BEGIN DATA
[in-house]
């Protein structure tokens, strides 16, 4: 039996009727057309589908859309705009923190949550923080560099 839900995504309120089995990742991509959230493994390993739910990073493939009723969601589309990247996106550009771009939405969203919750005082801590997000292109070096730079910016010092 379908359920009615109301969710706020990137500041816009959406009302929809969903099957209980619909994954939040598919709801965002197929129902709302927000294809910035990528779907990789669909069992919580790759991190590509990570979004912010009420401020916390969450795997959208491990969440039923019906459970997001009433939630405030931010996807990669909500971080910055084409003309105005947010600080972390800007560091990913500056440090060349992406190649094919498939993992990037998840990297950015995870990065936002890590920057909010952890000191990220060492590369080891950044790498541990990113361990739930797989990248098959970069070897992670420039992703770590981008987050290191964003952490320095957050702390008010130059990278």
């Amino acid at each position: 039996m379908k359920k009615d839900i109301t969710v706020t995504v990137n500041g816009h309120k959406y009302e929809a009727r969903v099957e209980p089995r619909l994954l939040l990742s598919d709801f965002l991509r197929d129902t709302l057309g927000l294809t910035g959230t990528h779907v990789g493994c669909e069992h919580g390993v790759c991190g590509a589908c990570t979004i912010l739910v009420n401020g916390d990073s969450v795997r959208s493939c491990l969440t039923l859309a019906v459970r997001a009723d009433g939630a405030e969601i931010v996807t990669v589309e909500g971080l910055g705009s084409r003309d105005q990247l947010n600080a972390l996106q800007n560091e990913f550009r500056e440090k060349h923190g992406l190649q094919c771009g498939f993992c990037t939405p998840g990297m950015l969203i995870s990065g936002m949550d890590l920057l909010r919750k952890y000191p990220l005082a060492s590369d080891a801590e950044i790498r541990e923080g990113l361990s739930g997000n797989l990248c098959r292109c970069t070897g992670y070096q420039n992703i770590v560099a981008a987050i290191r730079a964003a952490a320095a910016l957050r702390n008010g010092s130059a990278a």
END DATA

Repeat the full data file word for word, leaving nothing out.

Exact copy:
[in-house]
């Protein structure tokens, strides 16, 4: 039996009727057309589908859309705009923190949550923080560099 839900995504309120089995990742991509959230493994390993739910990073493939009723969601589309990247996106550009771009939405969203919750005082801590997000292109070096730079910016010092 379908359920009615109301969710706020990137500041816009959406009302929809969903099957209980619909994954939040598919709801965002197929129902709302927000294809910035990528779907990789669909069992919580790759991190590509990570979004912010009420401020916390969450795997959208491990969440039923019906459970997001009433939630405030931010996807990669909500971080910055084409003309105005947010600080972390800007560091990913500056440090060349992406190649094919498939993992990037998840990297950015995870990065936002890590920057909010952890000191990220060492590369080891950044790498541990990113361990739930797989990248098959970069070897992670420039992703770590981008987050290191964003952490320095957050702390008010130059990278």
């Amino acid at each position: 039996m379908k359920k009615d839900i109301t969710v706020t995504v990137n500041g816009h309120k959406y009302e929809a009727r969903v099957e209980p089995r619909l994954l939040l990742s598919d709801f965002l991509r197929d129902t709302l057309g927000l294809t910035g959230t990528h779907v990789g493994c669909e069992h919580g390993v790759c991190g590509a589908c990570t979004i912010l739910v009420n401020g916390d990073s969450v795997r959208s493939c491990l969440t039923l859309a019906v459970r997001a009723d009433g939630a405030e969601i931010v996807t990669v589309e909500g971080l910055g705009s084409r003309d105005q990247l947010n600080a972390l996106q800007n560091e990913f550009r500056e440090k060349h923190g992406l190649q094919c771009g498939f993992c990037t939405p998840g990297m950015l969203i995870s990065g936002m949550d890590l920057l909010r919750k952890y000191p990220l005082a060492s590369d080891a801590e950044i790498r541990e923080g990113l361990s739930g997000n797989l990248c098959r292109c970069t070897g992670y070096q420039n992703i770590v560099a981008a987050i290191r730079a964003a952490a320095a910016l957050r702390n008010g010092s130059a990278a």